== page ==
IV. As the portion of the body at the last day must follow the condition of the soul, it is our greatest interest to consider the present state of human nature, and the means by which alone it is possible for us to be made happy. For, if we neglect the disorders of the understanding, will, and affections, which are the parts of the soul, the flesh will ruin us, at the very time it pretends to please us; and the devil will gain many opportunities to beguile us : while the understanding is darkened and shut to good instructions, the will inclines to choose the evil, and the affections are bent after the pleasures of sin. It is true, man was made holy and upright by God; but having by his voluntary transgression, and wilful disobedience, fallen from him, did presently sink into a corrupt and degenerate, into a miserable and cursed condition, both in respect of this life, and to that life which is to come; and the disobedience of our first parents involved their posterity, and entailed a depravity of nature upon their descendants; which depravity, though it is not a sin in us, till the will closes with it, and deliberately consents to it; yet it is certainly sinful in it

self; and consequently is styled Original Sin. Therefore our church has rightly decreed, That

• Original sin standeth not in the following of Adam, but it is the fault and corruption of the nature of every man, that naturally is ingendered of the offspring of Adam; whereby man is very


from original righteousness, and is of his own nature inclined to evil; so that the flesh lusteth always contrary to the spirit; and therefore, in every person born into this world, it deserveth God's wrath and damnation. And this infection of nature doth remain;

yea, in them that are regenerated. And although there is no condemnation for them that believe and are baptized; yet the apostle doth confess, that concupiscence and lust hath of itself the nature of sin.'* So thus, by original sin, man is not only deprived of the image of God, but becomes liable to his justice; and, as such, God cannot take pleasure in him: and that man who dies before he is restored to his. favour, must be separated from him, and be for ever mi. serable. And as man could not recover himself, nor raise himself out of his own ruin; and as no creature was able to do it; the mercy of God pitied our misery, and his wisdom devised this expedient to reconcile his mercy and justice, viz. that no man should on account of original sin be eternally miserable, except through his own fault: and his goodness resolved, that the Son of God should undertake this work, and satisfy the offended justice of the Almighty, and repair the ruined nature of mankind. Thus,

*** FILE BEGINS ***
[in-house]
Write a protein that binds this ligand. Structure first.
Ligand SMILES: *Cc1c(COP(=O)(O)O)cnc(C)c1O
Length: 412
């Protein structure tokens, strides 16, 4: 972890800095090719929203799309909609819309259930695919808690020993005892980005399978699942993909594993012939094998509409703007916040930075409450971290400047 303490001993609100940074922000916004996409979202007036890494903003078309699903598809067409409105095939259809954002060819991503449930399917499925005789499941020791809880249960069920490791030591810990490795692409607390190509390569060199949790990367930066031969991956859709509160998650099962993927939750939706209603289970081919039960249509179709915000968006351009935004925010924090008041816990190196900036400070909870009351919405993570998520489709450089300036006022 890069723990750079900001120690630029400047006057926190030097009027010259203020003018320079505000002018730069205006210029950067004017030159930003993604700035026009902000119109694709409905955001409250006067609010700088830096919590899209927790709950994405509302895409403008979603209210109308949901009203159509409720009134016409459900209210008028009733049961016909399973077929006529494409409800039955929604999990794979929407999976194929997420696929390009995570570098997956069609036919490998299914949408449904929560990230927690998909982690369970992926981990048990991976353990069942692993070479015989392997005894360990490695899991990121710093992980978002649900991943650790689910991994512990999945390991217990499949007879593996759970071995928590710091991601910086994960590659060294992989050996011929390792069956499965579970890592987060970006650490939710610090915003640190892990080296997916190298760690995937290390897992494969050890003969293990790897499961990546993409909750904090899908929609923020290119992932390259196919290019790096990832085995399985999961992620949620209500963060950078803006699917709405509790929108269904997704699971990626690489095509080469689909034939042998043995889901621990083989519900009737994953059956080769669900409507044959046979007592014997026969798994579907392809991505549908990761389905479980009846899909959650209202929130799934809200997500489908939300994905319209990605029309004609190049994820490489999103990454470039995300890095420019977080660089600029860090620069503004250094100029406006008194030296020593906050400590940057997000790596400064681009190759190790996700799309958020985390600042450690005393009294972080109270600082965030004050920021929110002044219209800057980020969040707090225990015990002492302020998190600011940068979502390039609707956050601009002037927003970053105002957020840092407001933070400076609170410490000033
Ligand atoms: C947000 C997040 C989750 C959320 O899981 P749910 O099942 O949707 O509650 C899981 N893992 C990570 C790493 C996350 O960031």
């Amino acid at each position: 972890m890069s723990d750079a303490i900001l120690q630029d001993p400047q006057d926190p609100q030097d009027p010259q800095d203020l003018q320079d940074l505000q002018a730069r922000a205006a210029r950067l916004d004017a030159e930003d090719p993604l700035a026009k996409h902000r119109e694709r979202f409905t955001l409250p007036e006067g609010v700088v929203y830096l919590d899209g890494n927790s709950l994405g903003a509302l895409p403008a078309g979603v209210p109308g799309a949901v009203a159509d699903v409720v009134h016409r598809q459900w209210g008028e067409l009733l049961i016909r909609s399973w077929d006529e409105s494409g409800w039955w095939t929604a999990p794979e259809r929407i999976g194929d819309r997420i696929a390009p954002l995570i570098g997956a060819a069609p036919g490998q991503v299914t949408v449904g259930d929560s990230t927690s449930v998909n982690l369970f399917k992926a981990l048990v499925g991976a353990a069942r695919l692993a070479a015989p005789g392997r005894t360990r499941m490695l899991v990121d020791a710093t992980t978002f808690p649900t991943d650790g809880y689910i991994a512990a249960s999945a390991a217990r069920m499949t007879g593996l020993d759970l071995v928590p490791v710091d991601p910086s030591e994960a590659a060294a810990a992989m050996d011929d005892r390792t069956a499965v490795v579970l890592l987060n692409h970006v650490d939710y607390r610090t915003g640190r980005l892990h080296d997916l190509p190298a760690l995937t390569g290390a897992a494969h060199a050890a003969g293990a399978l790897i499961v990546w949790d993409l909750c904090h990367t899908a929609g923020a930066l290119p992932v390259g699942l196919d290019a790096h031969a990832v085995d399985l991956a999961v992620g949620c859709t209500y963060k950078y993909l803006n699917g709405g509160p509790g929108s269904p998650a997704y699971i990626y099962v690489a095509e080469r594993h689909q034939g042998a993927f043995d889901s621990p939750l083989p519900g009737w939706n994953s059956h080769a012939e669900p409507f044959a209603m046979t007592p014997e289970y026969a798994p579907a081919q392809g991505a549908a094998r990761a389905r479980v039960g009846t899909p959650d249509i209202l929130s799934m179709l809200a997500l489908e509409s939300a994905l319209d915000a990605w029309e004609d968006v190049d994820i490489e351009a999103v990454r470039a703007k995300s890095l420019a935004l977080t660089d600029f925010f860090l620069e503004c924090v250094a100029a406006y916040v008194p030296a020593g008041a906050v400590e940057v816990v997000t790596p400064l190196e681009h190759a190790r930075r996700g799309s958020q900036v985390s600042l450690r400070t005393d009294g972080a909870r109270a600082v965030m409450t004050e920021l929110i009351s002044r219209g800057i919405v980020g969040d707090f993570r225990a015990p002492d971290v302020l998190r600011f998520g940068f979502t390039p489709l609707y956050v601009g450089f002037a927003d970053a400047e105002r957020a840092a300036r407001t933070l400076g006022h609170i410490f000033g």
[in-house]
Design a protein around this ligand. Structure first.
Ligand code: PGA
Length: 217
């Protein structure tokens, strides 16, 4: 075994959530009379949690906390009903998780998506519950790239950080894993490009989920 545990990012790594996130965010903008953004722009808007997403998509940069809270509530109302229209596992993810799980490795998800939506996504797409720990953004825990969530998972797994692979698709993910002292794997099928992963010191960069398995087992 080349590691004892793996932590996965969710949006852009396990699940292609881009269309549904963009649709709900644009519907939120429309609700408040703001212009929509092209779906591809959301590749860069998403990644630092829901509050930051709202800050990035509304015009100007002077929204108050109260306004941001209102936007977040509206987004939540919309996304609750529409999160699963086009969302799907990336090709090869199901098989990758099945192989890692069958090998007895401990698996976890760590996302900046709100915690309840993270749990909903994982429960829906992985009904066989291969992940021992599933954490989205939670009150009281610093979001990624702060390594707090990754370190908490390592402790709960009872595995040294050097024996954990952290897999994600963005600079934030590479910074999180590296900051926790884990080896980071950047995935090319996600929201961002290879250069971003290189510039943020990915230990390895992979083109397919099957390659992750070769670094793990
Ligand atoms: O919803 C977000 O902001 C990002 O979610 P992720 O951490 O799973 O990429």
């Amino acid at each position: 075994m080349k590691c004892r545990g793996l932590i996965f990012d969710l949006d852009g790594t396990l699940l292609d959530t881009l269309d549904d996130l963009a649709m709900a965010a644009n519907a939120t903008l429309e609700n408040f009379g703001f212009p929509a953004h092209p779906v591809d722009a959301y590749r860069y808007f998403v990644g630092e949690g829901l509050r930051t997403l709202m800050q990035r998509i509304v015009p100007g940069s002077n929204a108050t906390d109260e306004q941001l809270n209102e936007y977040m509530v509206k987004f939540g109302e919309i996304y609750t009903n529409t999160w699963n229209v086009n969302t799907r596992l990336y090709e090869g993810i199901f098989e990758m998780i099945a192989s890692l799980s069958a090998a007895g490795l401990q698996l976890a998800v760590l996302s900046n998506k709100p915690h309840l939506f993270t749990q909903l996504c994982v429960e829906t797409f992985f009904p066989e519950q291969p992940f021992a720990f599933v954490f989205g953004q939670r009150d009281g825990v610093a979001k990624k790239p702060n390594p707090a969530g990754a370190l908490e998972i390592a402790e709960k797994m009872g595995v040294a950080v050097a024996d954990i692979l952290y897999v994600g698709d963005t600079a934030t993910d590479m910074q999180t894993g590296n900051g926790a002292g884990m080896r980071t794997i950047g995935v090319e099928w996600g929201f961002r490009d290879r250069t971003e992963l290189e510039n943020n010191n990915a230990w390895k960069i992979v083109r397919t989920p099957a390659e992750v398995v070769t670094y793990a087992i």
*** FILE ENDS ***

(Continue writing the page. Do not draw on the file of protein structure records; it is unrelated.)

God did enter into a new covenant with man, by way of remedy for what was past and could not be undone; which, as may

be fully collected from the gospel, was to this purpose: That, on condition of man's stedfast faith, sincere repentance, and perfect obedience, he should be restored through Christ to God's favour; and after death, to that life and happiness, which was promised to our first parents, without tasting of death. And the condition

And the condition on God's part of the covenant, the remission of sins, is always ready to be made good, if we fail not on our part of having worthily repented

• See the 9th Article of Religion.

reformed our lives. Our Saviour has made a full, perfect, and sufficient sacrifice, oblation and satisfaction for the sins of the whole world; he has suffered a cruel and ignominious death upon the cross for our sakes, and by his death and sufferings has purchased this grace for us, that real repentance and sincere obedience shall be accepted instead of innocence. But without this repentance and renewed obedience we shall not be accepted upon any terms. The sacrifice which he offered upon the cross, although of infinite value, will be of no avail to us, unless, in conformity to his death and resurrection, we die unto sin, and rise again unto newness of life. Nothing but a good life will entitle us to the favour and love of God; and without his favour we are of all creatures the most miserable. Not that the condition of the gospel covenant is a perfect unsinning obedience, but a sincere endeavour to obey all the commands of God to the utmost of our power. Which commands, in their general and most proper sense, are so far from being impossible to be observed, that on the contrary a man cannot easily transgress them, without a hardened conscience and deliberate choice. And whenever God requires more of us than we are naturally able to perform, he never fails to afford us proportionally great assistance, to enable us to perform what hørse requires. And if through the frailty and intromity of our nature we be at any time, notwithstanding our sincere endeavours to the contrary, surprised into the commission of sin, God accepts real repentance and a renewed obedience, instead of an uninterrupted course of holiness. Hence it is abundantly evident, that as the true and only design of the laws of the gospel is to make us holy and undefiled; so it is possible for us to be really holy according to the true intent and meaning of those laws. Wherefore, as the excellent nature and design of our religion sufficiently recommend it to our judgment; so the possibility of obeying it is a most powerful encouragement to set us in earnest about the practice of it. But then we must always consider, that as Gol requires nothing more of us, than a sincere obedience according to the gracious terms of the gospel covenant; so. he will not accept of any thing less: for as it is possible